Urban institute gets leader

Staff Writer

Cornelia Grumman was named the new director of policy and strategic communications at the University of Chicago Urban Education Institute (UEI). Grumman is a national leader in education policy advocacy and communication and will begin on Nov. 20.

Grumman’s appointment is part of UEI’s plan to improve schooling nationwide. The program, which recently received a $10 million gift from Chicago philanthropists Paula and James Crown, wants its research, training, urban school models and other tools to reach more states and cities across the country. Grumman will engage with policy makers and education leaders nationwide to advance UEI’s mission.

“We want to make the transformative findings from the University of Chicago more visible and helpful for policymakers and practitioners across the country,” said Timothy Knowles, director of the UEI. “Cornelia will help governors, mayors and education leaders nationwide make even better decisions about what works and put it into practice.”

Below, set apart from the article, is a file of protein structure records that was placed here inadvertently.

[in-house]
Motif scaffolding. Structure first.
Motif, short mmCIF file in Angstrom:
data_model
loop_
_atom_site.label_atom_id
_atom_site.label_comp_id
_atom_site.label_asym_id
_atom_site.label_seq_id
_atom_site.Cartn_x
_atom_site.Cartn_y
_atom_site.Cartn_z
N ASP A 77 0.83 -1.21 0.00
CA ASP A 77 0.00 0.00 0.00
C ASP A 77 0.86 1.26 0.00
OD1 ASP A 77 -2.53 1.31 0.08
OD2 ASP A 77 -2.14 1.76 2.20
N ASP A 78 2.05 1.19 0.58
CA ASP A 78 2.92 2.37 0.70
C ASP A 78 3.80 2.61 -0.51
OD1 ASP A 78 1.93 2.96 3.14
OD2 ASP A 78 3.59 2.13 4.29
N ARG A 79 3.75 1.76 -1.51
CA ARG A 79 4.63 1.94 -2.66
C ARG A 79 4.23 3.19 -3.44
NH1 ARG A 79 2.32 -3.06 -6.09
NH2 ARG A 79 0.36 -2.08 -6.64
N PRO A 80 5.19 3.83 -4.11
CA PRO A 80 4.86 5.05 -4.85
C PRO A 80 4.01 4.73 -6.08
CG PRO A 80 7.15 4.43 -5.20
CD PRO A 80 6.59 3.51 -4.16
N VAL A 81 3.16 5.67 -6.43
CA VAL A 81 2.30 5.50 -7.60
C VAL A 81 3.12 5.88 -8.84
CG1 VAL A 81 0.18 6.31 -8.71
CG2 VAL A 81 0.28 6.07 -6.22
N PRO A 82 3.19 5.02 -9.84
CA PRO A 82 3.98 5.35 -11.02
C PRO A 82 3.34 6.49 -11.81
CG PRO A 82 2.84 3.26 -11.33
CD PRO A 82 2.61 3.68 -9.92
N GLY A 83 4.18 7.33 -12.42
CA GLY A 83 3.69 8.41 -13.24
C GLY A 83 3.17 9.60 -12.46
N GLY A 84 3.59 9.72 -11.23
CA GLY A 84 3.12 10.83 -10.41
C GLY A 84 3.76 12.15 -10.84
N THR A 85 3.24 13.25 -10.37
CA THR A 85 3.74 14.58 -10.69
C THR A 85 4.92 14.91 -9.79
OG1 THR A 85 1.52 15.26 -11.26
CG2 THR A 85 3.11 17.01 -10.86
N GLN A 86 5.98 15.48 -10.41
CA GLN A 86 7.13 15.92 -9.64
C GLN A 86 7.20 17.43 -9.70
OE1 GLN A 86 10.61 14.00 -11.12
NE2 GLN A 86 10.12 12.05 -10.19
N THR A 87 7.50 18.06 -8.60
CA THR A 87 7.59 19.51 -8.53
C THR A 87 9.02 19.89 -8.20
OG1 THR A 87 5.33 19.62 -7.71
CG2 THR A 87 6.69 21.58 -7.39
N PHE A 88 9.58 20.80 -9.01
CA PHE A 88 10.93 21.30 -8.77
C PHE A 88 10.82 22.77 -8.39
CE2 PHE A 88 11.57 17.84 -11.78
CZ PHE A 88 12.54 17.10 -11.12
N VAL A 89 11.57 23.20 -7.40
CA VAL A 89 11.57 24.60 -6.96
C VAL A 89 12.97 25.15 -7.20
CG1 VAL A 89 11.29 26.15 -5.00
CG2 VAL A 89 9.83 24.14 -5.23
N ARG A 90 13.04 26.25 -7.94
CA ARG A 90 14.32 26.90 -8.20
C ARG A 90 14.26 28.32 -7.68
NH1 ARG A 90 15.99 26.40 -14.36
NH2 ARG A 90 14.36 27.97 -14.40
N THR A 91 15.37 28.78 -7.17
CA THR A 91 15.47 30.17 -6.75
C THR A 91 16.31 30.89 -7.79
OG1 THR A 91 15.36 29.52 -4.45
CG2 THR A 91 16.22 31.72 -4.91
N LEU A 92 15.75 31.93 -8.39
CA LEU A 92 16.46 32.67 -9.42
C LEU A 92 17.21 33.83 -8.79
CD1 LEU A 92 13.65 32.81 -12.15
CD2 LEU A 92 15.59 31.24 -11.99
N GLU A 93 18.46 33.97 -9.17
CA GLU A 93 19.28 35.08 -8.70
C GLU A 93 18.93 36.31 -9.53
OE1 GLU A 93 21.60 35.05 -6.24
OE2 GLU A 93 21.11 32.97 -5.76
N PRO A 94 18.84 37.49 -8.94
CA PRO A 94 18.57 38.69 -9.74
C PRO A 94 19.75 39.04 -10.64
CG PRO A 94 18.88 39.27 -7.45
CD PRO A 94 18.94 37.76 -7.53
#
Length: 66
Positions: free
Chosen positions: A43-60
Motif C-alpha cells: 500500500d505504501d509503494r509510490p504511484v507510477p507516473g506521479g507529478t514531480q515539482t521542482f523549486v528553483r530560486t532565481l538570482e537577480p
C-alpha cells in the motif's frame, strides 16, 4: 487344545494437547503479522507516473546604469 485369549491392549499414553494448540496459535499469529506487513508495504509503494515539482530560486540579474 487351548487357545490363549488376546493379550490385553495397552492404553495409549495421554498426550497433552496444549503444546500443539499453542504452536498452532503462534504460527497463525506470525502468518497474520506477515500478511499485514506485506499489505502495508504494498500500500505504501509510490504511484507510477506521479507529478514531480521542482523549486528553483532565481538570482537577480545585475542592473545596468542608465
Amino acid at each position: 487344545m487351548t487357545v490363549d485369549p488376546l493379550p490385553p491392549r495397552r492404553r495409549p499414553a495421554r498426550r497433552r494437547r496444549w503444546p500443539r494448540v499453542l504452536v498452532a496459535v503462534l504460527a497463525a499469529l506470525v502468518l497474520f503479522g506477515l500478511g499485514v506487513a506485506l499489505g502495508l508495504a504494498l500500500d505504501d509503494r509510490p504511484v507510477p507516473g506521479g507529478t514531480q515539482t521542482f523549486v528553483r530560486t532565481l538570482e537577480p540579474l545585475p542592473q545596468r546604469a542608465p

Grumman said she’s eager to be part of UEI’s continued development, and to make sure the program’s ideas are exported broadly across the country.

“Researchers, policymakers, and educators all work under one roof at UEI and the exciting result is that the place is starting to operate as a kind of idea factory,” Grumman said. “Governors, mayors, superintendents and lawmakers who care about urban student success could benefit enormously from UEI research and results.”

Grumman was a Pulitzer Prize-winning journalist at the Chicago Tribune before becoming founding executive director of the First Five Years Fund, where she led the organization’s work advocating for stronger federal policies and creating greater public support for quality early childhood education for the nation’s most at-risk children. Those efforts helped result in a nearly $1 billion increase in federal investment in quality early childhood support for at-risk children, including the creation of the national Early Learning Challenge Fund grant competition.

At the Tribune, Grumman served on the editorial board and won the Pulitzer Prize in 2003 for a series of editorials that helped spur reform in Illinois’ criminal justice system. She also earned the Community Media Workshop’s Studs Terkel Award and other journalism honors for her coverage of disadvantaged communities and issues affecting children and families.